The special effects for The Hobbit were, for the most part, rather astounding. You can say what you like about 's decision to film in 48fps, but the performances of as Gollum was once again almost unbelievably good. In a recent interview with Stuff magazine, Weta Digital's Joe Letteri answered some interesting questions.
First, he explained how the advancement of technology since The Lord of the Rings allowed for even more ambitious plans in The Hobbit:
We really wanted to cut loose and do things better than we could have done before – with Gollum, especially, we were looking forward to being able to do the motion capture on-set with Andy Serkis. That was our goal ever since we did The Lord of the Rings. Even before we knew that we were going to do motion capture as a technique, we thought, "Isn't that the ideal way to do it?" So it was great to finally be able to do that on The Hobbit with the new rig – and with the 48fps. That's the one area that creatively really helped us, because we can get much finer animation detail.
In regards to 48fps, Letteri also laid out some of its major challenges. He explained:
It means twice as much work overall in terms of rendering! But creatively it didn't offer challenges so much as it offered opportunities, especially with animation. I think you really see that with Gollum, where you've got fast dialogue and fast, fleeting facial expressions – you can capture a lot more of the subtlety at 48fps than you can at 24fps.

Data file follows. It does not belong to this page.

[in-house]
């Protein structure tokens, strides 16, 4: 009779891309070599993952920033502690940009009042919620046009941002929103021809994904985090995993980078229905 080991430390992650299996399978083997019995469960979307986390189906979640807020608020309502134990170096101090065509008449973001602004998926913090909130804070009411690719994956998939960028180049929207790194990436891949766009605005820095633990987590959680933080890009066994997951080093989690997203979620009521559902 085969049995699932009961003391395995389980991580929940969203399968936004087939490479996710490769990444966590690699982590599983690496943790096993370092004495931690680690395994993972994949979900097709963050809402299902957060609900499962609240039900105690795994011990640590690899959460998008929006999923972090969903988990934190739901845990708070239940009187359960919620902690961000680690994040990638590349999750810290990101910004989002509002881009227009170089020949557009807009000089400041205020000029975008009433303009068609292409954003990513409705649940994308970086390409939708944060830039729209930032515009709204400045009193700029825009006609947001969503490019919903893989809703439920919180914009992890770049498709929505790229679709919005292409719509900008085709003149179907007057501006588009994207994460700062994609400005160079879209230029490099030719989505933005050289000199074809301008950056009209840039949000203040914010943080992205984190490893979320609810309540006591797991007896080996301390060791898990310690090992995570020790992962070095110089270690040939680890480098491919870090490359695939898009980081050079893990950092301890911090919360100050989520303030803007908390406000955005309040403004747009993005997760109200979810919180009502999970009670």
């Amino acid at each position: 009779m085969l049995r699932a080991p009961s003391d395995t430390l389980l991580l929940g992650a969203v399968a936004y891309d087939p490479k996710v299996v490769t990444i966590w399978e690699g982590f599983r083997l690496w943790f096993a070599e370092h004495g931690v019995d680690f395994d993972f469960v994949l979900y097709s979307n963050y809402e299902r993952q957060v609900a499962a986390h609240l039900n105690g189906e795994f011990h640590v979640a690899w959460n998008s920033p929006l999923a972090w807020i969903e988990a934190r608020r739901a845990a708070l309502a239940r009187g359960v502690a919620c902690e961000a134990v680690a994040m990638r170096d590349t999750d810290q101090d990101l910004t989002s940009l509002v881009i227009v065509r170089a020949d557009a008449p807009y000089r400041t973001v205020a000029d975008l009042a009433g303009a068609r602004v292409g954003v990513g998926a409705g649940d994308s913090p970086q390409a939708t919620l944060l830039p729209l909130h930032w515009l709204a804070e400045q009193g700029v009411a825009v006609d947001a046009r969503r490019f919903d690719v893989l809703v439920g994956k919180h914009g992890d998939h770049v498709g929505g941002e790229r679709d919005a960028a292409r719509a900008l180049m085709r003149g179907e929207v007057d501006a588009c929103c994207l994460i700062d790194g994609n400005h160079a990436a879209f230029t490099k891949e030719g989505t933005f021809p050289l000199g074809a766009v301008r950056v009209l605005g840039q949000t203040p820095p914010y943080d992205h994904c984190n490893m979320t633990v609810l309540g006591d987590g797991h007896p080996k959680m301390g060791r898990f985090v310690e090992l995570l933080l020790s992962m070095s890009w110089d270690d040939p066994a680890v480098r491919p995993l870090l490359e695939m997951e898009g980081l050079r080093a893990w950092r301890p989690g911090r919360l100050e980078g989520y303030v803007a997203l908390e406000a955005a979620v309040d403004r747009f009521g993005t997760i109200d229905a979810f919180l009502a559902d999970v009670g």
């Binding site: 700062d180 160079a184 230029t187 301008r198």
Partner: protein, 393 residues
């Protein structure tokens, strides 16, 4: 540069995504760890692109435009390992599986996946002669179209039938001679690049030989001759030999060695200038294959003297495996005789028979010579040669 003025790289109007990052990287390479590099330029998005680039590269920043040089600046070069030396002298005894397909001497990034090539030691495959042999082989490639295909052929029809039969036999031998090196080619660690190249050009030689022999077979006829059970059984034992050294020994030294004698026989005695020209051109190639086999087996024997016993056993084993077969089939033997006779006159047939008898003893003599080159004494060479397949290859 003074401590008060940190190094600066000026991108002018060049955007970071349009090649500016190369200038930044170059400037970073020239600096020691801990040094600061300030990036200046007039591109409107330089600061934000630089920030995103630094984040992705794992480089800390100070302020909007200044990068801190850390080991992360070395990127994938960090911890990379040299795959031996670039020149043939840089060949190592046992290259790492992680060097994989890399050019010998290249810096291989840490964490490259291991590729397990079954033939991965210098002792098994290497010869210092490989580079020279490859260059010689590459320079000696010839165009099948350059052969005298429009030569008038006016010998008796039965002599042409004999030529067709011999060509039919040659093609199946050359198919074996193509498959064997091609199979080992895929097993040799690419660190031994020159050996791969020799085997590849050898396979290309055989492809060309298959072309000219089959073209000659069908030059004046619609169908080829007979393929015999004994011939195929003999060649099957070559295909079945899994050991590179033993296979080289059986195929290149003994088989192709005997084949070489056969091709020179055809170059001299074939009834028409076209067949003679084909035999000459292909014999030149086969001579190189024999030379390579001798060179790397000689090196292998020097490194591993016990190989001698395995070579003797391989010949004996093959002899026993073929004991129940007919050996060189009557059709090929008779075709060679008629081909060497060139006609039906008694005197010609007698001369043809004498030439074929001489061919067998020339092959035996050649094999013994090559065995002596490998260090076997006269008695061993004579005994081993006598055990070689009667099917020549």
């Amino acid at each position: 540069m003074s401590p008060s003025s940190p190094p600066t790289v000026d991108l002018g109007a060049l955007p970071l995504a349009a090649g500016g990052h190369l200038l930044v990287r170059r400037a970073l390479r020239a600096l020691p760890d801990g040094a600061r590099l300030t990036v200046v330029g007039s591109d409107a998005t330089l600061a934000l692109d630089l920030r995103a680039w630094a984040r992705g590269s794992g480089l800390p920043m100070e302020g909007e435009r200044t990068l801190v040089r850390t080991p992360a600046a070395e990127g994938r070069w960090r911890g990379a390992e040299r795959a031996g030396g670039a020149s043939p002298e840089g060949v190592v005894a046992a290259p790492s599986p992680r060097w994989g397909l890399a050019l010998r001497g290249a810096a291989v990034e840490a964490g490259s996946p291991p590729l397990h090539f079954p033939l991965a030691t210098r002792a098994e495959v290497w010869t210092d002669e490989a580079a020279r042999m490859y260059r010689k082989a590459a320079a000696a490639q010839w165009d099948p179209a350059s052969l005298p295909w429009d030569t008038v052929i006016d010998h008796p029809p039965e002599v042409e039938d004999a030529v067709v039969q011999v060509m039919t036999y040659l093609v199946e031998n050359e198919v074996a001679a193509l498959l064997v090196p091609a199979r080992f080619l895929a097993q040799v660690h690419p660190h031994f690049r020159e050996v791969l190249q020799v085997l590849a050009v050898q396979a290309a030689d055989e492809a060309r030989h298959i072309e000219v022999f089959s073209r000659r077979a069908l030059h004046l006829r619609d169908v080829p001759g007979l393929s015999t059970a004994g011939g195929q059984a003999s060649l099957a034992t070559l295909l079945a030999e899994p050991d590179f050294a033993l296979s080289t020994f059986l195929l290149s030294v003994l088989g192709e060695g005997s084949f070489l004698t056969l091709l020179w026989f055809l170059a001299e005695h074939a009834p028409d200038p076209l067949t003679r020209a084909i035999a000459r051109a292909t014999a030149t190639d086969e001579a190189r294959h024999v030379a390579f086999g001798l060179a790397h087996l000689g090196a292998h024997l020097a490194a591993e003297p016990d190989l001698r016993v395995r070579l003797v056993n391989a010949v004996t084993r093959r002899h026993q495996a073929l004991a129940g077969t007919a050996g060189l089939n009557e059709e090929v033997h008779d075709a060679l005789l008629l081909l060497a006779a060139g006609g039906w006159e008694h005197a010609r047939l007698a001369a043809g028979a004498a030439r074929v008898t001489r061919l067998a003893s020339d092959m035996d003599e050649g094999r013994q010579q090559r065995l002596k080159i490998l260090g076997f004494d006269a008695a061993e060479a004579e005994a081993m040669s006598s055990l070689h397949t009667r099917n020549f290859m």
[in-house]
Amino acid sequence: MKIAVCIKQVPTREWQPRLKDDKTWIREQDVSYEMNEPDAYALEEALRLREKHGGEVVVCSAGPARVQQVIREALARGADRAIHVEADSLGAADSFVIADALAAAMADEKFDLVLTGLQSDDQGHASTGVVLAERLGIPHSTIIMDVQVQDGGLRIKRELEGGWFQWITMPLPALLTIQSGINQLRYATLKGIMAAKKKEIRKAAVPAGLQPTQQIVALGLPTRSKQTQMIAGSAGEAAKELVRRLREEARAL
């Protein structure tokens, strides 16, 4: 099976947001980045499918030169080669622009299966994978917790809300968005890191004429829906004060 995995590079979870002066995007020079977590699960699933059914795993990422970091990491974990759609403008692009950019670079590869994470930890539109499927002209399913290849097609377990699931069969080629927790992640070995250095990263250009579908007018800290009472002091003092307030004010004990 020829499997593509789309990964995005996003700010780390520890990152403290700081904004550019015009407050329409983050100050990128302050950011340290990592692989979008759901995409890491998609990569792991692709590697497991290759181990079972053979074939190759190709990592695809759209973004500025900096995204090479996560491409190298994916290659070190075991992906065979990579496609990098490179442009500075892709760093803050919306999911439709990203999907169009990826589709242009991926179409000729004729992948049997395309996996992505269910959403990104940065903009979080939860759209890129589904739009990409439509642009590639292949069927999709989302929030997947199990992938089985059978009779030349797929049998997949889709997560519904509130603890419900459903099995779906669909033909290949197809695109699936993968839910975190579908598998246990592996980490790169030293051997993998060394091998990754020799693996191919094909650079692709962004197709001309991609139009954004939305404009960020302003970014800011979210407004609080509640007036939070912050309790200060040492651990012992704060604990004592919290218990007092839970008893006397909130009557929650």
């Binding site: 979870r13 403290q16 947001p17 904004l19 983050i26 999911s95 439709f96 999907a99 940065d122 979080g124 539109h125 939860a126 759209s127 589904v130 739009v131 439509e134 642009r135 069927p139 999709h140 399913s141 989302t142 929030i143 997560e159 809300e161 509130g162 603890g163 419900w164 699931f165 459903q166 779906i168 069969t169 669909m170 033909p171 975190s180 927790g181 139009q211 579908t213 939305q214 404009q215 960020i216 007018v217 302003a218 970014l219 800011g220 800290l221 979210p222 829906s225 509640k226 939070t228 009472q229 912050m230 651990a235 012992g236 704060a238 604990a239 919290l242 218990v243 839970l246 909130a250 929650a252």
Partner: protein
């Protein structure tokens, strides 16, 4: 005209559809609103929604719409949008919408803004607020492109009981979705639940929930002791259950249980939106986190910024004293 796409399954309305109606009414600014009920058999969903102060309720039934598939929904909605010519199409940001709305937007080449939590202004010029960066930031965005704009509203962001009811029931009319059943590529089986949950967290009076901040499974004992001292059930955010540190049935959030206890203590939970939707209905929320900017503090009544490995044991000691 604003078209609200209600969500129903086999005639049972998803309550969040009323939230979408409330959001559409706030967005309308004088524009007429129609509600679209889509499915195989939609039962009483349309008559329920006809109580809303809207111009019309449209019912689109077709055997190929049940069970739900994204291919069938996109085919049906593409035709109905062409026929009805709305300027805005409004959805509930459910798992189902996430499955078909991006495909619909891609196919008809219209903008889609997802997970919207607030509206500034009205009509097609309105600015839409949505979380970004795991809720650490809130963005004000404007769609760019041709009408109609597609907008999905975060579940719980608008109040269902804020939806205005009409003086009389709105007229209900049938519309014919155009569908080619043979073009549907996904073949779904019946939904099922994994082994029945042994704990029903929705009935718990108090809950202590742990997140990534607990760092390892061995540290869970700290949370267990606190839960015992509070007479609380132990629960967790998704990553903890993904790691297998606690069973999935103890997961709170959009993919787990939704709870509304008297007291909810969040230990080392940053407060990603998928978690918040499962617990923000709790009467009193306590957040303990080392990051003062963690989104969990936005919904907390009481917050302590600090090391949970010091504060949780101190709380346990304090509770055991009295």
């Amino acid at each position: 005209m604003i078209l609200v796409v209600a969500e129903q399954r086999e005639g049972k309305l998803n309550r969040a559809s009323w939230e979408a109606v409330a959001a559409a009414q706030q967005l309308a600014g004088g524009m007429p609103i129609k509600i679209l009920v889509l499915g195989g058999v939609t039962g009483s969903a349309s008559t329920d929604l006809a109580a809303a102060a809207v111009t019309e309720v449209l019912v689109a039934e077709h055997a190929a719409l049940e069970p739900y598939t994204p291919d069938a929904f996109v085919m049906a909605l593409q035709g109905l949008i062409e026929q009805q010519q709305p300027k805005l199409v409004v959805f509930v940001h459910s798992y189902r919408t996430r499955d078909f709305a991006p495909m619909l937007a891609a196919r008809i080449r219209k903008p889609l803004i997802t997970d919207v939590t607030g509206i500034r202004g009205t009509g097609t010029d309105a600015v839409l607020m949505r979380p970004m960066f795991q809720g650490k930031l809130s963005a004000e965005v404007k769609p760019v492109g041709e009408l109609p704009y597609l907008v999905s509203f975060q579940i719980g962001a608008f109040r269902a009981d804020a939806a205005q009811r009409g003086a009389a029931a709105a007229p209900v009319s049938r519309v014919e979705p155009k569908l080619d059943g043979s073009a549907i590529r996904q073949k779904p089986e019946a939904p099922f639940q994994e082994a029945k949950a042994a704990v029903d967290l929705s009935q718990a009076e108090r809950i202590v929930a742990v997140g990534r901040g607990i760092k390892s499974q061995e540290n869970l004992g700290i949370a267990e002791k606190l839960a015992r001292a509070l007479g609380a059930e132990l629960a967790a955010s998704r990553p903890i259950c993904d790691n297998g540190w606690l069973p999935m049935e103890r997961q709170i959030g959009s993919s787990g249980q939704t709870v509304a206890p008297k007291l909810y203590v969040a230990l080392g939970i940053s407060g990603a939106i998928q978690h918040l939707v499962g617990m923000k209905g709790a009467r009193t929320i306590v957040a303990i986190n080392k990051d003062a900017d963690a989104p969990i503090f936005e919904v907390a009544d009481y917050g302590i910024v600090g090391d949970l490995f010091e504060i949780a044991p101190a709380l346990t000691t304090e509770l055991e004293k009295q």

But perhaps the biggest change of all was the use of motion capture technology with a non-humanoid character. had the unenviable task of not only voicing Smaug but also physically acting out some of his motions:
What we're doing with a character like Smaug is to really interpret the gestures as opposed to looking for the literal performance. So it's halfway between an animated character and a performance capture.
Really, we could've done Smaug in the traditional way – just ask Benedict Cumberbatch to come into a voice booth and record his dialogue, and do everything entirely with keyframe animation. But when we record what Benedict's body is doing, it frees him up to give us some idea of the physicality and intimate the poses, so that what he's got on his mind can come through in how he's performing it – and we'll take that and extend it into what we do with the dragon.
Were The Hobbit's special effects that great, or did the controversial decision to film in 48fps spoil it for you? Get debating below.